In his seminal work “Property and Freedom”, Richard Pipes notes that the difference between Czarist Russia and the West was that the Czar personally owned the whole of Russia, while the people owned the lands of the nations of the Western world. Even when the Crown owned the land it was still acting with the fudiciary duties of their role as Trustees of the people.

And yet for some reason decisions on the use and development of every square metre of New Zealand’s Conservation Estate resides finally with the single Minister of Conservation, who can act as though the land was his or her personal fiefdom – and they do.

Surely, if some proposal to use or develop land on the Conservation Estate involves some conflict or trade-off between economic development and conservation then that should be resolved around the Cabinet table where Ministers can present the competing interests and the Executive, acting as the people’s trustees, can balance the competing interests and make a decision in the public interest.

I should not need to document the endless times that the nation has foregone huge economic benefits on account of dubious claims by those who put no price on conservation interests.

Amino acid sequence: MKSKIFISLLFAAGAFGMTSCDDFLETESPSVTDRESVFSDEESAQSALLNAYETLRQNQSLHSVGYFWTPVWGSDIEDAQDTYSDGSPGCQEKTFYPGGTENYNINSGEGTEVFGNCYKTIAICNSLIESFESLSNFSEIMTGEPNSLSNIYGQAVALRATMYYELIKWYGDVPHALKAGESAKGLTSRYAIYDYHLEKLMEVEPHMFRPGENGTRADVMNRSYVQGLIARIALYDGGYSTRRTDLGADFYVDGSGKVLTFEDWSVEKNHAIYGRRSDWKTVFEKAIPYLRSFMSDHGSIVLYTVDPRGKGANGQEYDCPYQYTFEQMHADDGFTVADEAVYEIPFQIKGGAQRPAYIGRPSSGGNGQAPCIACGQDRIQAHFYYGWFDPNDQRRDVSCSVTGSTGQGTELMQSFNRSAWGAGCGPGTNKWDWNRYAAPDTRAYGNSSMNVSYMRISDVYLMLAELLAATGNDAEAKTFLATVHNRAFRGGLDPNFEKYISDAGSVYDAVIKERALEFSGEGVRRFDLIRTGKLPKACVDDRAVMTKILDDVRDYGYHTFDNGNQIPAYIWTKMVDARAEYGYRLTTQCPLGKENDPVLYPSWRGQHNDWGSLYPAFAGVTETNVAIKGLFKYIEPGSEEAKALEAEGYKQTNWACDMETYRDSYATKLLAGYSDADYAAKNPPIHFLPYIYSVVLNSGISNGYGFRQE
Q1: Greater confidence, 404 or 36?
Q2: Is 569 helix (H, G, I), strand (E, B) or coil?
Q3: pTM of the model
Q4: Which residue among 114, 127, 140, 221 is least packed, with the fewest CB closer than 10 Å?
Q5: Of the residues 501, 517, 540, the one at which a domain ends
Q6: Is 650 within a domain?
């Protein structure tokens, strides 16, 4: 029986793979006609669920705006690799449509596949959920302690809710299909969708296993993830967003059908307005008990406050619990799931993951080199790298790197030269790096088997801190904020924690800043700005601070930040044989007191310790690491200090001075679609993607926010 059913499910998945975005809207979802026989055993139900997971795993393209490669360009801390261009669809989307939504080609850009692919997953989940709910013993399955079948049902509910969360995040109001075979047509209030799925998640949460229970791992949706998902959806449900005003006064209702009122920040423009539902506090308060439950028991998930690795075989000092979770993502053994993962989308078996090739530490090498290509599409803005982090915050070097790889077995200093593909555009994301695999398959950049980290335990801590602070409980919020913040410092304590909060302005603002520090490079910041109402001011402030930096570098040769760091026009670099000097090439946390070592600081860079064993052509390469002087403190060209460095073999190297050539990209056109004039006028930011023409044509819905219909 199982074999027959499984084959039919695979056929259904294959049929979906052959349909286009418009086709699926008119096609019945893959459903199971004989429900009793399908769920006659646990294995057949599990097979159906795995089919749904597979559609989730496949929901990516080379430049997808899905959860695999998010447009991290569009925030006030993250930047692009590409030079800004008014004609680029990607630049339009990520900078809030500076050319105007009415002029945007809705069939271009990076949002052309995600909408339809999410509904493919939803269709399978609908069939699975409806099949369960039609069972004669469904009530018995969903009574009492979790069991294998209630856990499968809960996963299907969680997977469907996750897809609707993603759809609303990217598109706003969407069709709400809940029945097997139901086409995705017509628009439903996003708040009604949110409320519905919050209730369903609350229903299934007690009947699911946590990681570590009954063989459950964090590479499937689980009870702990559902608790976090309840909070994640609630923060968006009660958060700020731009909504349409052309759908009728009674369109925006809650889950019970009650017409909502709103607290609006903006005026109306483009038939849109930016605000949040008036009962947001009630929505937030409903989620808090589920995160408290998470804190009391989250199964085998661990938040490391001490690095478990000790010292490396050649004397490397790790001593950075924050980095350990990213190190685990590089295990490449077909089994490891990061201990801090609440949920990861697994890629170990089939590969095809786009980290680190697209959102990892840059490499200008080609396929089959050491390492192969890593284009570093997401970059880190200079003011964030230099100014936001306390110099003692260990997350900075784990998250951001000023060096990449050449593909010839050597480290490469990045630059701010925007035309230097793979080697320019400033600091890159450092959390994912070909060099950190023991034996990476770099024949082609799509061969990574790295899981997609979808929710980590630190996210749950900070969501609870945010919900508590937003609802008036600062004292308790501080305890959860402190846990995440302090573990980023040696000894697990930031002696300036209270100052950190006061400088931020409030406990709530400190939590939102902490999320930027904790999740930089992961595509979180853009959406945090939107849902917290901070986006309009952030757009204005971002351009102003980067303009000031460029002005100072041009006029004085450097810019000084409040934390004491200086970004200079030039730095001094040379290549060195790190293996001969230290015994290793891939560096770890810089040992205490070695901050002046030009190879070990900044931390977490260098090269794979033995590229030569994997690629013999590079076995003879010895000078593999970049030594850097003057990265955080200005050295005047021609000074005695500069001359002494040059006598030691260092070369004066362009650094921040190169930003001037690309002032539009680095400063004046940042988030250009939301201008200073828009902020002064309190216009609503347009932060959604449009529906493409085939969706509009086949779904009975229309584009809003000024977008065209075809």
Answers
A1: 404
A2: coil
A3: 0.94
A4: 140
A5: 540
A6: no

Until these claims are contested around the Cabinet table, or even before some specially constituted committee of Parliament, there will be no balance, and the our public interests are left to the mercy of a Ministerial whim.

DoC – the Council Bully

Some years ago the Far North District Council published a proposed District Plan that stole so much private land for “natural heritage” protection, that Council withdrew the whole Plan and started all over again.

Their revised plan gained widespread support from the local people and communities.

The bullies were not happy and have filed references to the Environment Court as follows: